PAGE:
Do you remember learning to ride a bike as a kid? It was so exciting, and yet scary at the same time—learning how to balance our weight on two wheels and not go toppling over. In many ways, learning how to ride a bike is like a rite of passage, a transition between one phase of life to the next.
It created a new level of independence for most of us. Once we learned to ride, it was as though the world opened up. Suddenly, we were allowed to ride down the block to a friend’s house, ride to school, or ride to the grocery store all by ourselves. It created a great sense of freedom, and for many bike enthusiasts, that feeling has never gone away.
But did you know that biking becomes more difficult as we merge into adulthood, and in many cases, it can be deadly? It’s true, and sadly the statistics are rising every year.
Kids typically ride in the safety of their driveway or sidewalk. Adults don’t have that built-in safety net. Even in a bike-friendly state like Wisconsin, where more and more cities and villages are creating bike lanes and riding paths, a bicyclist is injured or killed every 8.3 hours. That’s why it’s important to remind ourselves about bike safety, over, and over, and over again.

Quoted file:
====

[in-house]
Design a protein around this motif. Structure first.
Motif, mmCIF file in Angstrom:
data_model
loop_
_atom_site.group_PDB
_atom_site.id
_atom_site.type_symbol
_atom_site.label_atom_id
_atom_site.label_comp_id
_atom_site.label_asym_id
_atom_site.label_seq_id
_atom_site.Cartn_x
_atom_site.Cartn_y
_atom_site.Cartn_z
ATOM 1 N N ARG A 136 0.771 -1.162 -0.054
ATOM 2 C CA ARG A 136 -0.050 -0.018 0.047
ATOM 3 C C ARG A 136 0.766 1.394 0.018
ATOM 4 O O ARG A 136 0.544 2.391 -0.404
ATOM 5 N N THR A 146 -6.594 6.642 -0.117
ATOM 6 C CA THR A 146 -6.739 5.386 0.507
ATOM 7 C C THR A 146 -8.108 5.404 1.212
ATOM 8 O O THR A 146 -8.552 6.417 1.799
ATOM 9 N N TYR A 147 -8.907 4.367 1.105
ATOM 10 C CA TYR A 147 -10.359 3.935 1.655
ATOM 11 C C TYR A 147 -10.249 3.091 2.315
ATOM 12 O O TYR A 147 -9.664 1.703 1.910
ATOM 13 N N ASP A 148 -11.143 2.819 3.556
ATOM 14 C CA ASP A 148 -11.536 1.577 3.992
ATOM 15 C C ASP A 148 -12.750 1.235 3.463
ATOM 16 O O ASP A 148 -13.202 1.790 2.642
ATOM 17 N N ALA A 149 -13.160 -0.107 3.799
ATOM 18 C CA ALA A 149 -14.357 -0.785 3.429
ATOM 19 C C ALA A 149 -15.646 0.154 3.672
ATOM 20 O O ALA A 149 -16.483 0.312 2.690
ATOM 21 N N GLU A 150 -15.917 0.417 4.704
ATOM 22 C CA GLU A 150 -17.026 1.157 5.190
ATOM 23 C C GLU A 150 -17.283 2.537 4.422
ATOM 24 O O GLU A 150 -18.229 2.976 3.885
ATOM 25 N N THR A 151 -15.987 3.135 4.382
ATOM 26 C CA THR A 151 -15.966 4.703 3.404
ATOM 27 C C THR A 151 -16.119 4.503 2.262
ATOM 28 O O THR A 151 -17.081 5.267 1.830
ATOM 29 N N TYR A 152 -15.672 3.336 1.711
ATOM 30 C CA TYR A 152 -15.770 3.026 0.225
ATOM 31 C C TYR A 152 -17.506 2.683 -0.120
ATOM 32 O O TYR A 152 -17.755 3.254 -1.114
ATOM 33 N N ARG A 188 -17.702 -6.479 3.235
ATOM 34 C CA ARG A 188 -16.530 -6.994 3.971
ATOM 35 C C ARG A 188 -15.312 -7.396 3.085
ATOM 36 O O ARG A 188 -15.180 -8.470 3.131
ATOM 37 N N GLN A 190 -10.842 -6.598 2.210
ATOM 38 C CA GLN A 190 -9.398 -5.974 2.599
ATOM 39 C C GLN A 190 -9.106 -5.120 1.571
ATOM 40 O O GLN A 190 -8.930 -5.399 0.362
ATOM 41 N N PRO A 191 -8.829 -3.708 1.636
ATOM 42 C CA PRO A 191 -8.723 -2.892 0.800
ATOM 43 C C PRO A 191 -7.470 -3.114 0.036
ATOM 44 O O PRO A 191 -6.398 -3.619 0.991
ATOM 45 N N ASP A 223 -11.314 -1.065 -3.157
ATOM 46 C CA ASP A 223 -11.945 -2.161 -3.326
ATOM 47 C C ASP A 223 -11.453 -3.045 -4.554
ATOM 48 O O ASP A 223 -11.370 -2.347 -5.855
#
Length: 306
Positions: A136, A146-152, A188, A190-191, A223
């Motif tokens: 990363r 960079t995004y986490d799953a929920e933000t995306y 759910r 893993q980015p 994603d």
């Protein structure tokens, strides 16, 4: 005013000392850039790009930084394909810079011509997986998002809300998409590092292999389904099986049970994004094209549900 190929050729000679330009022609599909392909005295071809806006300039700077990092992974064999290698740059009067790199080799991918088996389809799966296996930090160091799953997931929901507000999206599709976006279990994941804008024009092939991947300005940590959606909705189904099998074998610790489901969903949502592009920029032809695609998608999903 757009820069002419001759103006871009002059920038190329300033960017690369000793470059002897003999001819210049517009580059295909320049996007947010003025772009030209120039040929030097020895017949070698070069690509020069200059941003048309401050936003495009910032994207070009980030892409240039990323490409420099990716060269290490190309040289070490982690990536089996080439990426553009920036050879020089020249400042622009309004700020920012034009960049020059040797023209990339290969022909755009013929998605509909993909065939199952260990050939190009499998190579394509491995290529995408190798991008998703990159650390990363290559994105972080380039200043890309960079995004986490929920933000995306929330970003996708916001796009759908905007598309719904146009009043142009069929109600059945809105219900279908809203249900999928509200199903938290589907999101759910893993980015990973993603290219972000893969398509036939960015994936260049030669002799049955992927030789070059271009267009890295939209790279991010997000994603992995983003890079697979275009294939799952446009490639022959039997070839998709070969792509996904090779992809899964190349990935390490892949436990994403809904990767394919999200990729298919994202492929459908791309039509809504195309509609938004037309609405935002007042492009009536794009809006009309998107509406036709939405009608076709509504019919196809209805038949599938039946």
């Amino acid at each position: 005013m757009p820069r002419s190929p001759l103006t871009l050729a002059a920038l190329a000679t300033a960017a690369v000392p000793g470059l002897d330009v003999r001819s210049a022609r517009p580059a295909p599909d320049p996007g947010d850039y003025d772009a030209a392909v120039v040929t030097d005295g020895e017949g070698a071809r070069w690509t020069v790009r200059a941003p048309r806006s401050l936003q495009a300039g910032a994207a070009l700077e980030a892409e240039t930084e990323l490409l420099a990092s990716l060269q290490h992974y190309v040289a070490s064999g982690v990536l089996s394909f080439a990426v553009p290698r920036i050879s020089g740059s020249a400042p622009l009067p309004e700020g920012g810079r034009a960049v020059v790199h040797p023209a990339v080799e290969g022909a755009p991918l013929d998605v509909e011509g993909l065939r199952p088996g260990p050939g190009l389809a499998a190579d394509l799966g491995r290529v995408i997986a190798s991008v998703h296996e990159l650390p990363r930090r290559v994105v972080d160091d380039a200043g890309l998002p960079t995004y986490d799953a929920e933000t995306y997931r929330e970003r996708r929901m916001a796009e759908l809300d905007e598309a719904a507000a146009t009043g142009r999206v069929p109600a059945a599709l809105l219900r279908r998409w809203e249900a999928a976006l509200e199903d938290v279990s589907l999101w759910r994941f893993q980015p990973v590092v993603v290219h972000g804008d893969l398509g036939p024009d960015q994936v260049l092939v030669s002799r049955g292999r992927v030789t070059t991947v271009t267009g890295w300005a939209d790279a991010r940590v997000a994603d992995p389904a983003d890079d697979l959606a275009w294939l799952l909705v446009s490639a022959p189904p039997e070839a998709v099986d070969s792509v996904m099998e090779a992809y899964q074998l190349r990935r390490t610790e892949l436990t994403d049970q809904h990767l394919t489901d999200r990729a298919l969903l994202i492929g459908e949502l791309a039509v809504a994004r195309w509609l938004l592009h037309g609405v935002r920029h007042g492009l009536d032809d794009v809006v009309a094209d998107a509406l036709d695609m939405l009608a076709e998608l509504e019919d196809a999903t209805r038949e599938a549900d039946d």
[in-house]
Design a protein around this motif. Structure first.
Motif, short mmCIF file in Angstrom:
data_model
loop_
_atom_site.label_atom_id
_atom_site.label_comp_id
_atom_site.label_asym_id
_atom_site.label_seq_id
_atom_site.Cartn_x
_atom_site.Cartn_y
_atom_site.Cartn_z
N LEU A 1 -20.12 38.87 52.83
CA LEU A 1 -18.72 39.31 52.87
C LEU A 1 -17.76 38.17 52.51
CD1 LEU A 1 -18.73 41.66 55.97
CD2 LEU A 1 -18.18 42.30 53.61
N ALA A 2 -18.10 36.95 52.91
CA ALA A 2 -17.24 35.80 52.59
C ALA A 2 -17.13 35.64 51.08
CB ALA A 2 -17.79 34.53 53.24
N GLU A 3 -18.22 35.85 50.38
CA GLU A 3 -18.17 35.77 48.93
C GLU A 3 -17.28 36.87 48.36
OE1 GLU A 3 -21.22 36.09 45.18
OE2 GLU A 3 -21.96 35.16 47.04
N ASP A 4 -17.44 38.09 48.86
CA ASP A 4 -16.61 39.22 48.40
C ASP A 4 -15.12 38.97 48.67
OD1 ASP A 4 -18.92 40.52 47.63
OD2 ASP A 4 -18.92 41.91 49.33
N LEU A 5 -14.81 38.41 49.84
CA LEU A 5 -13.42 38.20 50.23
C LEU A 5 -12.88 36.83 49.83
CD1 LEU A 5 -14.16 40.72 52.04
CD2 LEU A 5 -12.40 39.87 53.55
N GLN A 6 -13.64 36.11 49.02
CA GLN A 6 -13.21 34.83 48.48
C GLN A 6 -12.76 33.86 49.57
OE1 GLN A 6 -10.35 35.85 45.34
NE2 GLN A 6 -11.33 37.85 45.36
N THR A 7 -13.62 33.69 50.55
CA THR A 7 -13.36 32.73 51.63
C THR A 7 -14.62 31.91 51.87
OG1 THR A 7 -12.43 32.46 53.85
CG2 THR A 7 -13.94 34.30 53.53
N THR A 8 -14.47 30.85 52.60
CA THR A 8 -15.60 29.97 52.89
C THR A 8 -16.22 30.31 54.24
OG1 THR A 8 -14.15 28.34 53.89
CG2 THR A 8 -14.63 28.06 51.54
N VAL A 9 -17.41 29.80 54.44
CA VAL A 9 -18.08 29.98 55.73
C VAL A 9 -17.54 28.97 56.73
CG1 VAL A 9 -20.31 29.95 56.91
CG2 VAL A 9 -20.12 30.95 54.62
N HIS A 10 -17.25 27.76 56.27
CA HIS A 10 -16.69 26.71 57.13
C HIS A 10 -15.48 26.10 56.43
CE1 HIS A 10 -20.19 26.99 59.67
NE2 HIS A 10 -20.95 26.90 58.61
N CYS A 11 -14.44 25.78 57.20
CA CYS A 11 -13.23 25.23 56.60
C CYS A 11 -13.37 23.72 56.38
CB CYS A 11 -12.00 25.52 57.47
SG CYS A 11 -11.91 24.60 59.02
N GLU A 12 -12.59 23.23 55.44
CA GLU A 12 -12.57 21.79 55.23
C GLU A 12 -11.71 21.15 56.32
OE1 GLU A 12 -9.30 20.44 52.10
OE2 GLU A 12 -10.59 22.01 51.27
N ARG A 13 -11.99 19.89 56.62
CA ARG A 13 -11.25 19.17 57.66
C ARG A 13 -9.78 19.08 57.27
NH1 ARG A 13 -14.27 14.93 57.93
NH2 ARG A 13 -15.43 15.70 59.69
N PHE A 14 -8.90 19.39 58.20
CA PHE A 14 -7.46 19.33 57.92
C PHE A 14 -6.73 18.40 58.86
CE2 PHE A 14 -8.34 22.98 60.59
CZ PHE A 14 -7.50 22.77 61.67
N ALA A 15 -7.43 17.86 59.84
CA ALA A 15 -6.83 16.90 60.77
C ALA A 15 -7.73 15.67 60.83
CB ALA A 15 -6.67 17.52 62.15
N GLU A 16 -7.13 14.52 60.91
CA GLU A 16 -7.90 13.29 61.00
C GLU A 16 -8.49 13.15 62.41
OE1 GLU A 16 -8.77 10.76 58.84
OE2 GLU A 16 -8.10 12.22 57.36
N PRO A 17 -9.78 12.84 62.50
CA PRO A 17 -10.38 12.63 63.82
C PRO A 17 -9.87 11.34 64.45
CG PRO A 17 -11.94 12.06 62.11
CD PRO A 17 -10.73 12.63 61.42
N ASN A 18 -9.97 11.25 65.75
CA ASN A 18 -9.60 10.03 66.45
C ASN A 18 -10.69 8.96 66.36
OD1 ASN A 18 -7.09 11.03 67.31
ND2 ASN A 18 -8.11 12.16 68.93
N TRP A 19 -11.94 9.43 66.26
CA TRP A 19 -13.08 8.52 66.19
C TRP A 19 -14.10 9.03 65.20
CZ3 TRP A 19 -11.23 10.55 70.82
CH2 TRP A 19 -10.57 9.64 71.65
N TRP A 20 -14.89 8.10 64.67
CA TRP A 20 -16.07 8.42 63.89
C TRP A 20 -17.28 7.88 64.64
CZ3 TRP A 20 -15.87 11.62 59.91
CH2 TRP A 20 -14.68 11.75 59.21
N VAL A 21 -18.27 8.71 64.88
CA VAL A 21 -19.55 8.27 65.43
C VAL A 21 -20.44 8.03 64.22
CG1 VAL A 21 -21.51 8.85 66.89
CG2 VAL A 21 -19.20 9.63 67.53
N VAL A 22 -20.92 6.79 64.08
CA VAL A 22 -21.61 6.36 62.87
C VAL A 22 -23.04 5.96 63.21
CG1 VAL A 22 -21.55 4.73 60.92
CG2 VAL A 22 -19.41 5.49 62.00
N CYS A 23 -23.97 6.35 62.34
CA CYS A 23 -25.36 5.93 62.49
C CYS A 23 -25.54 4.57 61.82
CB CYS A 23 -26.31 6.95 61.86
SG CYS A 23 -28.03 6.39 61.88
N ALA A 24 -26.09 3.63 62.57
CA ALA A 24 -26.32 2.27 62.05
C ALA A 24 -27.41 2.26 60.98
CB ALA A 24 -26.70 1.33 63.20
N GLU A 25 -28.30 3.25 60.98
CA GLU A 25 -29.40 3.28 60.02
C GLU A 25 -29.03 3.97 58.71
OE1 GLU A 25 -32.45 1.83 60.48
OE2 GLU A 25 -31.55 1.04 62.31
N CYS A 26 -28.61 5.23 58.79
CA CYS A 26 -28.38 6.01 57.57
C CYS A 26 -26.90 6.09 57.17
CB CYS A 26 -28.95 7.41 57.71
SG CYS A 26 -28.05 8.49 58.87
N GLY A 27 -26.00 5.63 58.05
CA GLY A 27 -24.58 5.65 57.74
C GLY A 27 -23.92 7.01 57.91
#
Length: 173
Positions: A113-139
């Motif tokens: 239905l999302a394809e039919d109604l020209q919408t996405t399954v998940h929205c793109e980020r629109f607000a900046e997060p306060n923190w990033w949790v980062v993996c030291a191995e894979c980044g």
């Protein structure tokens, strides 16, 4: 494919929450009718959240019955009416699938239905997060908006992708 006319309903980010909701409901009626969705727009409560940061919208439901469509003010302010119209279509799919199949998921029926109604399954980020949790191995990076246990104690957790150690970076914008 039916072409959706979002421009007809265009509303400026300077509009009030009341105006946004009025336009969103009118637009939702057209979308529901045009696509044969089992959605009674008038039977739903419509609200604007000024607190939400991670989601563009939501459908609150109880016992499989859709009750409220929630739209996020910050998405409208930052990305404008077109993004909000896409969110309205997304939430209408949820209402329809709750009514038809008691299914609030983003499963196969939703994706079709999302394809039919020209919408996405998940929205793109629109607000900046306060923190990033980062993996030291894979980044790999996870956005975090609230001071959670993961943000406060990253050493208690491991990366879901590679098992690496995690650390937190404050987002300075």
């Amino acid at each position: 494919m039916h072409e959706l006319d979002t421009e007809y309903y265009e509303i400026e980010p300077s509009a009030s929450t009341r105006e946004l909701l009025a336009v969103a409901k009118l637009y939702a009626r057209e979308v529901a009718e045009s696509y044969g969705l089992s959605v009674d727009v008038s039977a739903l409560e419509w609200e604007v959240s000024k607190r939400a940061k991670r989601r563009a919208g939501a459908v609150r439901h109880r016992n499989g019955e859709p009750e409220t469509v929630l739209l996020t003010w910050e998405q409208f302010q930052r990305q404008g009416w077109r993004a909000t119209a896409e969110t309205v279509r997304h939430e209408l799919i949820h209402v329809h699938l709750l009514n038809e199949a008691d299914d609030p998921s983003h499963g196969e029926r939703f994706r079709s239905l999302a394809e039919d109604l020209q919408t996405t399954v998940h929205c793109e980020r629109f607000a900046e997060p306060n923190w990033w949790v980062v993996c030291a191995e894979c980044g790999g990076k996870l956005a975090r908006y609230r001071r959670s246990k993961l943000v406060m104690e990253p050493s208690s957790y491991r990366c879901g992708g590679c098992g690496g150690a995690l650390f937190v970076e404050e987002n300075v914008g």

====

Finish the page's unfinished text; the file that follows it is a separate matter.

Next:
Of course, there are many great reasons to ride a bike. It’s great for our cardiovascular health and fitness. It’s a proven stress reliever and good for our state of mind. It cuts down on the level of emissions in our environment. It’s convenient. It saves money. And it’s just plain fun.
However, it’s important to remember these 10 Smart Rules to Bike Safety if you plan on riding:
- Protect your head; wear a helmet. (You know this.)
- Stay visible. If a driver can see you, they are less likely to hit you.
- Look, signal & look again. Use hand signals to let drivers and other cyclists know where you’re going.
- Stay alert. Keep a lookout for any obstacles in your path, such as potholes, stones, and uneven or loose manhole covers as these can all be a detriment to riders.
- Go with the flow. Always bike in the direction of traffic.
- Act like a car. Don’t try and squeeze between vehicles, zig when you should zag, or zag when you should zig. It is literally an accident waiting to happen.
- Don’t get distracted. It’s not wise to listen to music if it impairs your hearing of horns, or cars coming up behind you. And it is never a good idea to use cell phones while biking—ever.
- Obey all traffic laws and lights. This seems obvious because if you’re using the same streets you should be using the same rules of the road, but many times we overlook the obvious. Don’t.
- Assure bicycle readiness. Is your bicycle properly adjusted for your body? Even your seat being too high or too low can cause problems on the road.
- Do a quick maintenance check when you are getting ready to ride. Are your brakes working, and are your tires properly inflated? A simple check can make a huge difference.
Let’s ride smart. Keeping these simple things in mind and making them a part of our riding practices may not only keep us safe, it may keep us alive.